The Poznań Linguistic Meeting (PLM) is an annual general linguistics conference that continues the tradition of the Polish–English contrastive conferences started by Jacek Fisiak in 1970. The name "Poznań Linguistic Meeting" was adopted in 1997, when Katarzyna Dziubalska-Kołaczyk took over as the Head of the Organising Committee. The Meetings are organised by the Faculty of English, Adam Mickiewicz University, Poznań. Materials from past PLMs are archived here.
PLM2023: 13–15 Sep 2023
We are very happy to announce the 52nd edition of the Poznań Linguistic Meeting on 13–15 September 2023. The meeting will be organized by the Faculty of English, Adam Mickiewicz University, Poznań. The submission deadline has been extended to 30 April 2023.
The leitmotif of the 52nd PLM will be “Why are some theories more successful than others?” Kurt Lewin (1952) wrote that “there is nothing more practical than a good theory.” At this year's PLM, we would like to reflect on the general question of what makes a theory good in linguistics. In particular, we would like to consider the issue of why some theories are more successful than others – what makes some approaches enter the mainstream and become extremely popular, while others remain in the niche? Is it elegance of the proposed explanations? Economy? Predictive power? Social and political context? Or is it the support provided by empirical studies? We encourage participants to submit contributions from any area of linguistics, from any perspective.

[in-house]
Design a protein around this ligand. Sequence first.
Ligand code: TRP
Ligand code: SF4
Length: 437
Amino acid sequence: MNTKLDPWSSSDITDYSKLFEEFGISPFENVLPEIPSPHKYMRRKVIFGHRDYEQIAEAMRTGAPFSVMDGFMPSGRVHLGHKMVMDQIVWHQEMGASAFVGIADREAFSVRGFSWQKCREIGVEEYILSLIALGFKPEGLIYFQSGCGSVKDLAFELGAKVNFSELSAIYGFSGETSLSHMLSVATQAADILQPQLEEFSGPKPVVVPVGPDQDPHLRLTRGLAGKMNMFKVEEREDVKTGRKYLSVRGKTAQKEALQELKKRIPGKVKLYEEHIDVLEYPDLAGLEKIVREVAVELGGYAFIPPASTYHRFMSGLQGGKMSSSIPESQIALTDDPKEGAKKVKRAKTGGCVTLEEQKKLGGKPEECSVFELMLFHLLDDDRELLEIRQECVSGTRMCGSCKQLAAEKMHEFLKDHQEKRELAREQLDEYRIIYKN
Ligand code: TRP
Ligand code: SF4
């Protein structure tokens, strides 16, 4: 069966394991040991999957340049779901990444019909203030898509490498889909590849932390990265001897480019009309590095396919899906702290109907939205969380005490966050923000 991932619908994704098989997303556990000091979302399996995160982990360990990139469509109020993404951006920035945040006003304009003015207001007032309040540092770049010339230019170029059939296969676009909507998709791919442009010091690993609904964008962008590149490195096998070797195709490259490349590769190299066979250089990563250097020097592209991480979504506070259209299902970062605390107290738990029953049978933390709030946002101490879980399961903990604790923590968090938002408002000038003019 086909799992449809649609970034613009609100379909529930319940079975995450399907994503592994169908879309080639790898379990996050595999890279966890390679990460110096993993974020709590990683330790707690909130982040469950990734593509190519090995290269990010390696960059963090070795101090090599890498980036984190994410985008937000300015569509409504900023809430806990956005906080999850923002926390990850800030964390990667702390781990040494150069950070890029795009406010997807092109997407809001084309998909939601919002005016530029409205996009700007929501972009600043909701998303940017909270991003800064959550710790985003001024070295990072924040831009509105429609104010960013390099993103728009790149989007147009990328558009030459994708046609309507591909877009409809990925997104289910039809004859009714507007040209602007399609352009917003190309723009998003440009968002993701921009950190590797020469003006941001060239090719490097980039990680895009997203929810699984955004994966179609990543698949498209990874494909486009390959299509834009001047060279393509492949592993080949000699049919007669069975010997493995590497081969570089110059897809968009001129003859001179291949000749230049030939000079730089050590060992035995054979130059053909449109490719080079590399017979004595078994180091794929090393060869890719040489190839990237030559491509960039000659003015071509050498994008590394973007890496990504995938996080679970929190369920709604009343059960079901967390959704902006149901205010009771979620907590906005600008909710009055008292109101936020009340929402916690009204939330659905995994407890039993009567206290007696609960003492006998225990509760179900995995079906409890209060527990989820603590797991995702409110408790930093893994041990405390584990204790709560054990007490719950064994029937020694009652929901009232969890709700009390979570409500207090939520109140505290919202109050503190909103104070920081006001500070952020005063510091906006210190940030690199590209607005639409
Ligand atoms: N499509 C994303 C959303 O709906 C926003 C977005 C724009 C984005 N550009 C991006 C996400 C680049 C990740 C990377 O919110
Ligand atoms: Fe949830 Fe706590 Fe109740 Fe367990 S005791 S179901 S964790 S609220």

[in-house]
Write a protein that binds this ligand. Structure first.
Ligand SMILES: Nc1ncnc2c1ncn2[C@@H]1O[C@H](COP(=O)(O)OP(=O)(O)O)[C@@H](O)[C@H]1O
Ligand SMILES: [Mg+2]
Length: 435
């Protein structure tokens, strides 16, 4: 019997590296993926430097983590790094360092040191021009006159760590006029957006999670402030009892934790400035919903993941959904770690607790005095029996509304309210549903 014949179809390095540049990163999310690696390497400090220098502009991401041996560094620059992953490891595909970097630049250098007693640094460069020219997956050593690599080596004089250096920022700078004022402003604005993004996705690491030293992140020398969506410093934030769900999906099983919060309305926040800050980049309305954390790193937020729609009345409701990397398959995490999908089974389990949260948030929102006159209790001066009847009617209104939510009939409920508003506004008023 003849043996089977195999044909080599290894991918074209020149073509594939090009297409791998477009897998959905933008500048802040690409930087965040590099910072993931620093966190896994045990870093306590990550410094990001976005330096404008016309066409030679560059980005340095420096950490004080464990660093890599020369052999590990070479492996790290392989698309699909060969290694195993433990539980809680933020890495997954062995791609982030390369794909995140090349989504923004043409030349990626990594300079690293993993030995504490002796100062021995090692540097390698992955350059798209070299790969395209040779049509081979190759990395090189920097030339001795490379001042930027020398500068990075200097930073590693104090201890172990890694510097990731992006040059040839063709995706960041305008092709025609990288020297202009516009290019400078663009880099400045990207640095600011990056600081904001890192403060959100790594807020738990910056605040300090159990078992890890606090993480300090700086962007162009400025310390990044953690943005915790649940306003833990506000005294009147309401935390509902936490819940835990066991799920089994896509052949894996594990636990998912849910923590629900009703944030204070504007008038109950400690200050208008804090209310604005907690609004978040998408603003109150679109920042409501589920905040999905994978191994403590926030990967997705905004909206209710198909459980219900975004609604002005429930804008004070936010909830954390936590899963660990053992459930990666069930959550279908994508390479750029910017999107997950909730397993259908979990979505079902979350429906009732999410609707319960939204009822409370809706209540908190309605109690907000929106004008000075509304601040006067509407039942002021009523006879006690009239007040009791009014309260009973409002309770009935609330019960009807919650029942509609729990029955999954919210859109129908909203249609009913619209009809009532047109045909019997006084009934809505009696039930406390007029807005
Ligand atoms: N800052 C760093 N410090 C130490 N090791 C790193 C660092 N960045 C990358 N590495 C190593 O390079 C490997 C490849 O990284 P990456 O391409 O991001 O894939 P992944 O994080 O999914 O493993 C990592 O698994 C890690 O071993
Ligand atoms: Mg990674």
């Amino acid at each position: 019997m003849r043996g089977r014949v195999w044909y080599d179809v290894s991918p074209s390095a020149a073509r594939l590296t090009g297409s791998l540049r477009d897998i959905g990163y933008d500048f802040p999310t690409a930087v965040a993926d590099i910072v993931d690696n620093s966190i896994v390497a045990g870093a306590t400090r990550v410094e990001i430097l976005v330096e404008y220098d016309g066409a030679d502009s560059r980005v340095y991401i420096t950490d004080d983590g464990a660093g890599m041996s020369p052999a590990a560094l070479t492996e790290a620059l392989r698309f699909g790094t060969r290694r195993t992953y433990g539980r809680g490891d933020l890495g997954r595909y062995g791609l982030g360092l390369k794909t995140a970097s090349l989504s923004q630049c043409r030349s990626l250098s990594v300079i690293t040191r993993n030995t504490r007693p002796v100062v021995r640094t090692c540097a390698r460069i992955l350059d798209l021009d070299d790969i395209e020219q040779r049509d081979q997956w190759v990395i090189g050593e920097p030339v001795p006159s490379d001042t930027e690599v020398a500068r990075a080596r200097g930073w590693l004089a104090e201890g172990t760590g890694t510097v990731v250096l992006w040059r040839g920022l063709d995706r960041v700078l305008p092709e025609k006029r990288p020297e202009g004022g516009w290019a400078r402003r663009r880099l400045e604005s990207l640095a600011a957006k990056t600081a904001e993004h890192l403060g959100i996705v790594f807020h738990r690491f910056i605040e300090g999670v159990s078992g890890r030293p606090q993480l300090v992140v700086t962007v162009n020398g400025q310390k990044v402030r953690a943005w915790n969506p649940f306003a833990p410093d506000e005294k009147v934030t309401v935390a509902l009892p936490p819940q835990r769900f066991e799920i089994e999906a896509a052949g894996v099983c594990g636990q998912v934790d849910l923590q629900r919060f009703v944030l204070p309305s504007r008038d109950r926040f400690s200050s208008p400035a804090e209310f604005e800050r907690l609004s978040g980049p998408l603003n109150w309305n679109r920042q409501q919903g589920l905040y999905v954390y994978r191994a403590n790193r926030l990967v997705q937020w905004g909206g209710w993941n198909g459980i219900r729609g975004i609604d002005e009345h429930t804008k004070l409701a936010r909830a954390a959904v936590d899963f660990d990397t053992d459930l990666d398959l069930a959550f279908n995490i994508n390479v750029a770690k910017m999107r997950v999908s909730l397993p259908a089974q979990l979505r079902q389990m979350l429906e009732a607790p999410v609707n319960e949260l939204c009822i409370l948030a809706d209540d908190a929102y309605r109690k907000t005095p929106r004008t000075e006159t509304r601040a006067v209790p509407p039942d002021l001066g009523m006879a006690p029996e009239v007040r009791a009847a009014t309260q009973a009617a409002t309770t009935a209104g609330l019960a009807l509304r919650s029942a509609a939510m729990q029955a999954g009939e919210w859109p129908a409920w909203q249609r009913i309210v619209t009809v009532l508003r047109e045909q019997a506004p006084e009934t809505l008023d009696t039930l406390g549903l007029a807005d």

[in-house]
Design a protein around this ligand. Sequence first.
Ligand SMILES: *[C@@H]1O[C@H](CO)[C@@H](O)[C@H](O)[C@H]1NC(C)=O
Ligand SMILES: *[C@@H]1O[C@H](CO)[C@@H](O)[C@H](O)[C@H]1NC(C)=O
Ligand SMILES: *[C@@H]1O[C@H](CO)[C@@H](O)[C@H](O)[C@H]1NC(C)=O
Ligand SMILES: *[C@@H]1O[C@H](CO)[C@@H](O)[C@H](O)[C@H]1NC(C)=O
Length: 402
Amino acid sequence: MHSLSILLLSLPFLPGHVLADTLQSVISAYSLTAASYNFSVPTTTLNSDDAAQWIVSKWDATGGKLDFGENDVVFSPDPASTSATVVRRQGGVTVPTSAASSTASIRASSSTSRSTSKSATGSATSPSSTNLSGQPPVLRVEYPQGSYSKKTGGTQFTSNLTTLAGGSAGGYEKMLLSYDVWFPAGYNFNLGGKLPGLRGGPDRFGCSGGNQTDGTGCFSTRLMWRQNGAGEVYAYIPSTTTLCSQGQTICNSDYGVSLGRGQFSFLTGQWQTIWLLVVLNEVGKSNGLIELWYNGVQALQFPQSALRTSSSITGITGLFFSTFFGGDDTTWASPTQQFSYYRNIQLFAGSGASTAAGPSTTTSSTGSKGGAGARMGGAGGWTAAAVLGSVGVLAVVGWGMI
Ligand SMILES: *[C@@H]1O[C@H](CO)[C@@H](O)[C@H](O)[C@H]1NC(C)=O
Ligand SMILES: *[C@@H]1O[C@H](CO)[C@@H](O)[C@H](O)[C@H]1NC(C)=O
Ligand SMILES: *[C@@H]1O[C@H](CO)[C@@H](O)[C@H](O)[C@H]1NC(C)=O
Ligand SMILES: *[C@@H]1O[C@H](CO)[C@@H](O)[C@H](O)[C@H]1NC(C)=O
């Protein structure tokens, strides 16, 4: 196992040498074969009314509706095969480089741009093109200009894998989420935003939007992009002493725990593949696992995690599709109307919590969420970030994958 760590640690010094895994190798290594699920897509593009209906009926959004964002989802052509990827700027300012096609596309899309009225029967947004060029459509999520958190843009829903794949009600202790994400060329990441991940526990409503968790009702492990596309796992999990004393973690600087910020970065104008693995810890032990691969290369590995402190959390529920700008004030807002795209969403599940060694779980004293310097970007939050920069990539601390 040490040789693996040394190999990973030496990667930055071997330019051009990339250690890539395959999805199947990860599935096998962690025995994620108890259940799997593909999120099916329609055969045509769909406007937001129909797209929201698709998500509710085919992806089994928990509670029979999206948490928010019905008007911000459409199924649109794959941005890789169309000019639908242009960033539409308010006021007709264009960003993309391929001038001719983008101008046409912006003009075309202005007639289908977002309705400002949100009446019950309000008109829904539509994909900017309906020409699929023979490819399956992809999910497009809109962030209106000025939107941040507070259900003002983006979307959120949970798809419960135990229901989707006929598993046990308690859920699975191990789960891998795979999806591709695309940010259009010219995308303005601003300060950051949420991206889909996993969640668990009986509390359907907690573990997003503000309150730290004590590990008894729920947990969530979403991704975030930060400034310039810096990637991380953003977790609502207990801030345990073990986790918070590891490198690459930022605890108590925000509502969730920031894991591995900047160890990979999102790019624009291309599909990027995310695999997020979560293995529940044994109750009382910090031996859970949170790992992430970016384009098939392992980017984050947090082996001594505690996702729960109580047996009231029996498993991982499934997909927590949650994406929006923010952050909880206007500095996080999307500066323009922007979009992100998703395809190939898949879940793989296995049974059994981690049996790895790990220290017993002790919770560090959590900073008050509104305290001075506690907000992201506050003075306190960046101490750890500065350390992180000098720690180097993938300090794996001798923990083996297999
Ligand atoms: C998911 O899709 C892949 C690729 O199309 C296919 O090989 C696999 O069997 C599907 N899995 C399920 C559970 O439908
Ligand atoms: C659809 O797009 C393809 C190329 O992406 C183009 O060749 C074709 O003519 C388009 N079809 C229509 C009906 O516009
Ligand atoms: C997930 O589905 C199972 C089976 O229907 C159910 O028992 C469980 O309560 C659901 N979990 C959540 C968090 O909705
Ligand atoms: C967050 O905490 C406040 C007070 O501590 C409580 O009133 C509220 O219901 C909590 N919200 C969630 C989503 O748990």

Confirmed plenary lectures:
- Joseph V. Casillas (Rutgers University)
- Miriam Meyerhoff (University of Oxford)
- Wolfgang U. Dressler (Vienna University)
- Ophelia Deroy (Ludwig Maximilian University in Munich)
As is our tradition, we will conclude with a Grand Debate related to the leitmotif.
Proposals of thematic/workshop sessions and papers are invited for both oral and poster presentations related to the leitmotif, to other topics within modern linguistics, and to the topics of the thematic sessions.
Each paper in the general oral sessions will be given 30 minutes, including 10 minutes for discussion. Poster sessions will form an integral part of the conference programme. The number of submissions is limited to one single-authored plus one co-authored abstract per author (or two co-authored ones). This limitation does not apply to PhD candidate posters. The language of the conference is English. The submissions will be reviewed by our International Advisory Board.